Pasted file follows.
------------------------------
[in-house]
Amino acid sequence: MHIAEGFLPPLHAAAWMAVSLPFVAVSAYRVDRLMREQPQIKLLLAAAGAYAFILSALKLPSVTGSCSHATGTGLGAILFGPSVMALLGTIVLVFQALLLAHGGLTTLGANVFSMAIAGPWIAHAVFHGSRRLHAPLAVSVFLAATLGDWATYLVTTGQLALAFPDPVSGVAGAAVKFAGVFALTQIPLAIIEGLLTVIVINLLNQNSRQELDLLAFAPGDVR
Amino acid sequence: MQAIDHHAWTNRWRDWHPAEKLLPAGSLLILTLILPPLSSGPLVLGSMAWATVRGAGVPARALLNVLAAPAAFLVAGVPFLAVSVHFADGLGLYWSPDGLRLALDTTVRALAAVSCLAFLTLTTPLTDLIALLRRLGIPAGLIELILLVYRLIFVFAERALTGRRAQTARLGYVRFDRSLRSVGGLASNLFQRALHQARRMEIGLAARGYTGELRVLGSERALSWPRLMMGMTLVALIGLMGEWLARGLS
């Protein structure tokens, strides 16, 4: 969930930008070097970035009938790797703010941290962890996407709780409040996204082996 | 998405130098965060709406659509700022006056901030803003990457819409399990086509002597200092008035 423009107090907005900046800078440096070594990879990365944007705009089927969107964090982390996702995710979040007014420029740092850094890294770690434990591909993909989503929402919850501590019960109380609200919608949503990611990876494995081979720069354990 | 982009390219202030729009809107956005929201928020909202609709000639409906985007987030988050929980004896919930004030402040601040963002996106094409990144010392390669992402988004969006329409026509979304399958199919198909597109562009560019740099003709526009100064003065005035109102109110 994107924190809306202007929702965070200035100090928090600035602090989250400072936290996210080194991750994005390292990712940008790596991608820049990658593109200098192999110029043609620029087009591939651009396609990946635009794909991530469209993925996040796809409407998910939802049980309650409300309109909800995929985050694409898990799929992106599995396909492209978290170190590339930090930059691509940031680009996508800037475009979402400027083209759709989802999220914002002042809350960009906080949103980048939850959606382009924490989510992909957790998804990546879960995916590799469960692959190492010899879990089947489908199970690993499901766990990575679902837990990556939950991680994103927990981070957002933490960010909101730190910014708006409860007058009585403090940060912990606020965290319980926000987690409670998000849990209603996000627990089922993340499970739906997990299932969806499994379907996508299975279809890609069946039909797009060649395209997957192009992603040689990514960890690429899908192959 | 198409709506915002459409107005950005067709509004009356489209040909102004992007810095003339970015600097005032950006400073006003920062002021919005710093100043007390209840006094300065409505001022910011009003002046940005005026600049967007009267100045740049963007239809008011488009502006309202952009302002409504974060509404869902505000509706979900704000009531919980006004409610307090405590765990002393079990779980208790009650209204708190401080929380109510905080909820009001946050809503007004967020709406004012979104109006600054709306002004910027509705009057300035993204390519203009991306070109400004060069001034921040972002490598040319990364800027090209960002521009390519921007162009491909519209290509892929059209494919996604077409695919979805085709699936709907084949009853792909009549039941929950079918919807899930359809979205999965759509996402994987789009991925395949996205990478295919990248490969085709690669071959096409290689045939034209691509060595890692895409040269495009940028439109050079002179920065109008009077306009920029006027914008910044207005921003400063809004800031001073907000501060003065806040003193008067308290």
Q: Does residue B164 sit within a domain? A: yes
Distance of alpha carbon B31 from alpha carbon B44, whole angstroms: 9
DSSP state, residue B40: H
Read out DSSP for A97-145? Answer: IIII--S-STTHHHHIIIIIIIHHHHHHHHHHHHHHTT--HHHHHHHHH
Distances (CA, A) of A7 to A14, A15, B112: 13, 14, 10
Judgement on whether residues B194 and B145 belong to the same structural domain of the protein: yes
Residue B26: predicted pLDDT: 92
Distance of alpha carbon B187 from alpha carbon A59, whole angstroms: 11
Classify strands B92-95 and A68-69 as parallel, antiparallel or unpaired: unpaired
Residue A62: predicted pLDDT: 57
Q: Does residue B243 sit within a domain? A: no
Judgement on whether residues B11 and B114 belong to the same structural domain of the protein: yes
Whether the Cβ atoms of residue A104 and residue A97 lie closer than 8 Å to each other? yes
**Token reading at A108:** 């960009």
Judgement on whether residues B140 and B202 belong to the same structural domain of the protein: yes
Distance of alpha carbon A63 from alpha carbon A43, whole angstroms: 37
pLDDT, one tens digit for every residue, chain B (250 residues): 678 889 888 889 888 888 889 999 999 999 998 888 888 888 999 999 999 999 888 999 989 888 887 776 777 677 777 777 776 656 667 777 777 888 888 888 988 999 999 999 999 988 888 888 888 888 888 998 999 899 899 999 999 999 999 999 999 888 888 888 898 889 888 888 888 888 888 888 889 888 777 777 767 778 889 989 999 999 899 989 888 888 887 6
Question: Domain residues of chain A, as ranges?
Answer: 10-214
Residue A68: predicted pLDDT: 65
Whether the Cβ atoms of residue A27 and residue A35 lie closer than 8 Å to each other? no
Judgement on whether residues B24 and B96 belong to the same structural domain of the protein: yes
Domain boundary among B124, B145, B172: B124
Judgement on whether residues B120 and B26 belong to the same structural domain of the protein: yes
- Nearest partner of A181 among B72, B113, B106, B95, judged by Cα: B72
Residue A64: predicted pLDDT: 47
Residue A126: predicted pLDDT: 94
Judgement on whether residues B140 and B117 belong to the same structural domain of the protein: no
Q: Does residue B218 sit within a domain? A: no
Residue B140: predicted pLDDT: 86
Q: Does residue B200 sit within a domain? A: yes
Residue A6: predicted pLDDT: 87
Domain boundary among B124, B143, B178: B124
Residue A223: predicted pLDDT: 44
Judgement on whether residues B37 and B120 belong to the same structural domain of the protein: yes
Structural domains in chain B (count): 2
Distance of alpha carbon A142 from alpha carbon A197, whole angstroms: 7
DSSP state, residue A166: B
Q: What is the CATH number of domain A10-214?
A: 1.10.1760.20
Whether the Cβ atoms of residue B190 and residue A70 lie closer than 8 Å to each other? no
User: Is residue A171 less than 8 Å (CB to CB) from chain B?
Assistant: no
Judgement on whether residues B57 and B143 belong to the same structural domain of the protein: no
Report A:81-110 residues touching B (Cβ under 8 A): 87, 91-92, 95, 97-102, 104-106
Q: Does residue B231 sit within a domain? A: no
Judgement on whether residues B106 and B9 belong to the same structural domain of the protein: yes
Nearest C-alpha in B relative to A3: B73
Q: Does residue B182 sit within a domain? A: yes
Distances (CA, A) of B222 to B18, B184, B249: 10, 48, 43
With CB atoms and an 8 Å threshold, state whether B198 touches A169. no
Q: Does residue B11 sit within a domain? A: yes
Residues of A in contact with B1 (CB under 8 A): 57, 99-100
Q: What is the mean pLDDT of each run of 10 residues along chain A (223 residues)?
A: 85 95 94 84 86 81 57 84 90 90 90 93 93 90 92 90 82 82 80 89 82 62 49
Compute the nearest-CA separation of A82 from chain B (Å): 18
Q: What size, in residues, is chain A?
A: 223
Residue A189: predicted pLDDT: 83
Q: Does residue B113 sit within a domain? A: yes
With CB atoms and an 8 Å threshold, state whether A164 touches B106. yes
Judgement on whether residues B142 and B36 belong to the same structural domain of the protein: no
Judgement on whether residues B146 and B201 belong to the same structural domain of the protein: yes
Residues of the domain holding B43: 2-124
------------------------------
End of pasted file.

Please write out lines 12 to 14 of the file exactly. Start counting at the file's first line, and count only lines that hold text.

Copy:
Distance of alpha carbon B187 from alpha carbon A59, whole angstroms: 11
Classify strands B92-95 and A68-69 as parallel, antiparallel or unpaired: unpaired
Residue A62: predicted pLDDT: 57